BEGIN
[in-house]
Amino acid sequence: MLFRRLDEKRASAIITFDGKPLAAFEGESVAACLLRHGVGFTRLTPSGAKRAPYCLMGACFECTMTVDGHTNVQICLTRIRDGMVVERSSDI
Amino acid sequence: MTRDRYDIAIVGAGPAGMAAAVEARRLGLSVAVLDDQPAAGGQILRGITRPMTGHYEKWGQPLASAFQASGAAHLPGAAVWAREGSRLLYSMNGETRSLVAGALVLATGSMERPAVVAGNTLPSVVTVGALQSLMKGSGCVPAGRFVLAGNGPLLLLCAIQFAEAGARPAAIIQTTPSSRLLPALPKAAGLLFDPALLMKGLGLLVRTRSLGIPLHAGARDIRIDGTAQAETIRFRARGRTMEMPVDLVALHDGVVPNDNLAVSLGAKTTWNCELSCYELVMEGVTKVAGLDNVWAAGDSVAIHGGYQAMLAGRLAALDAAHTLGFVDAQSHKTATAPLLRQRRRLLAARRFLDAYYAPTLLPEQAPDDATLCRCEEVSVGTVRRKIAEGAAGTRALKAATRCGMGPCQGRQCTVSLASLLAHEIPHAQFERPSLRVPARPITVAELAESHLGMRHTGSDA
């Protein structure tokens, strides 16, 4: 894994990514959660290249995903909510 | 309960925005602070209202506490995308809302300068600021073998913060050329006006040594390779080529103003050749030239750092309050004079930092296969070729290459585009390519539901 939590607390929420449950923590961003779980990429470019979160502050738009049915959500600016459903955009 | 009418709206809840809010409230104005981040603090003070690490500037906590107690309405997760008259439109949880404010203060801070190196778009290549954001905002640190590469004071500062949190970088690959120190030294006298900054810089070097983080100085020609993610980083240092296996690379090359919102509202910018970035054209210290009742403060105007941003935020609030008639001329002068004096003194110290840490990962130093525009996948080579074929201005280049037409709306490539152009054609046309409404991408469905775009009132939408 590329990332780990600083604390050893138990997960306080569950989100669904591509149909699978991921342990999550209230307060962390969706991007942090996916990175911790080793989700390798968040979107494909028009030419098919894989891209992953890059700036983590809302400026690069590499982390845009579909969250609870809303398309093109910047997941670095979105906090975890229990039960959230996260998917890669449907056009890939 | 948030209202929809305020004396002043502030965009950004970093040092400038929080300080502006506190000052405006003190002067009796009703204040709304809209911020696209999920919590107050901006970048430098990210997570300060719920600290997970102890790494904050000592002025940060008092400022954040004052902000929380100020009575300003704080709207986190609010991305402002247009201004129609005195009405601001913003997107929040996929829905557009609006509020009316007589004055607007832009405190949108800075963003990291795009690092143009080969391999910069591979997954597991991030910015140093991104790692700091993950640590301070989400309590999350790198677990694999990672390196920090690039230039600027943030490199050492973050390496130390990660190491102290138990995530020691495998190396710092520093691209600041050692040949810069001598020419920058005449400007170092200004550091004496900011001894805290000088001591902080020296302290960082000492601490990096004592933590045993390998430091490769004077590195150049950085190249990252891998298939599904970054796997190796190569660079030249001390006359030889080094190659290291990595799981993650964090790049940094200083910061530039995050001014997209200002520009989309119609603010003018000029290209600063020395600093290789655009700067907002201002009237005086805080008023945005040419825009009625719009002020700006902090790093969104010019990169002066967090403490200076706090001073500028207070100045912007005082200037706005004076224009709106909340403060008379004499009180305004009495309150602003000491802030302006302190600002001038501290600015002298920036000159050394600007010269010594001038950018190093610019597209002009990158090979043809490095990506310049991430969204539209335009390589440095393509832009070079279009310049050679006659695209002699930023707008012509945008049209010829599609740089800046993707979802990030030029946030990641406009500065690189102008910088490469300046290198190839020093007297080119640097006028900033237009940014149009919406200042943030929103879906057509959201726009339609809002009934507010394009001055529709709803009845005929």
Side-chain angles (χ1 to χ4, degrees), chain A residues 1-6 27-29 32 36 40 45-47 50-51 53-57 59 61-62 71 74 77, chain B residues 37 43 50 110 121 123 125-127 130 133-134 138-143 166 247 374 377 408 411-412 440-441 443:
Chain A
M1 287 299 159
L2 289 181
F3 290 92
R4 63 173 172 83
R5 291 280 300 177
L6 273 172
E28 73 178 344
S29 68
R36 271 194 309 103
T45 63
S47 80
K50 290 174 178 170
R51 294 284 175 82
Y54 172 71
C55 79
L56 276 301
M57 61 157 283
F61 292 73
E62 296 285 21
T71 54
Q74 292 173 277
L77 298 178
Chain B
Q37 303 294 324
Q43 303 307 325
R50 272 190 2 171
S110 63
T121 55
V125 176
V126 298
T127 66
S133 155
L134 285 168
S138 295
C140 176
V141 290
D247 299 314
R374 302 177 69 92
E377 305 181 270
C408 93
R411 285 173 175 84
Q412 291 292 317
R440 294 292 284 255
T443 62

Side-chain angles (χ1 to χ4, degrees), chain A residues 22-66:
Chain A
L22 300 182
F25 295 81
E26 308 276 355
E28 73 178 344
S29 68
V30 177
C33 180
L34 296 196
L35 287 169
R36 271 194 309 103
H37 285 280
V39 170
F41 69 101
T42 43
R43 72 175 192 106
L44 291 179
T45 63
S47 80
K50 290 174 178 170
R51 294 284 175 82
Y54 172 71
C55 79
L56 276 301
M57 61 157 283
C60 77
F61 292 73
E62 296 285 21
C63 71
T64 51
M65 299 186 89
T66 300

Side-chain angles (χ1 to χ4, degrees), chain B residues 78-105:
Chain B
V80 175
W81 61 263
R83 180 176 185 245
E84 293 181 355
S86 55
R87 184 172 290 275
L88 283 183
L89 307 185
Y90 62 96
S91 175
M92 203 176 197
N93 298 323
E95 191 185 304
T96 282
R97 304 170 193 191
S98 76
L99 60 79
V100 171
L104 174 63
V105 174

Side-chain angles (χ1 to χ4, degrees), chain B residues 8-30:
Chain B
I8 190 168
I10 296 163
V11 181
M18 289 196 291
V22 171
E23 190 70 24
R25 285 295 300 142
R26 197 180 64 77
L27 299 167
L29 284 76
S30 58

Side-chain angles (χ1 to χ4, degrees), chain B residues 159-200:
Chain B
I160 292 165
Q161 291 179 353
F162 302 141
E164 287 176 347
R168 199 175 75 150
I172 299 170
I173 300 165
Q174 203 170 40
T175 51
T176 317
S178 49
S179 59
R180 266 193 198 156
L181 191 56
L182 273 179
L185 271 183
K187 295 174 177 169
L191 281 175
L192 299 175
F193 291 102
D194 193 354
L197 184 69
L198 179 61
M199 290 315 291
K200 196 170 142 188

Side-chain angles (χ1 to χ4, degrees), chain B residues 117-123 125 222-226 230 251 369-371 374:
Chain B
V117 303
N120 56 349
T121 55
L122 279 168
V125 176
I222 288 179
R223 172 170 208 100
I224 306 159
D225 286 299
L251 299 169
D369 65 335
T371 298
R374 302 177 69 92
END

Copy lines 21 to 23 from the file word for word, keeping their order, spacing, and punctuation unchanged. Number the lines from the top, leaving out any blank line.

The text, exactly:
C55 79
L56 276 301
M57 61 157 283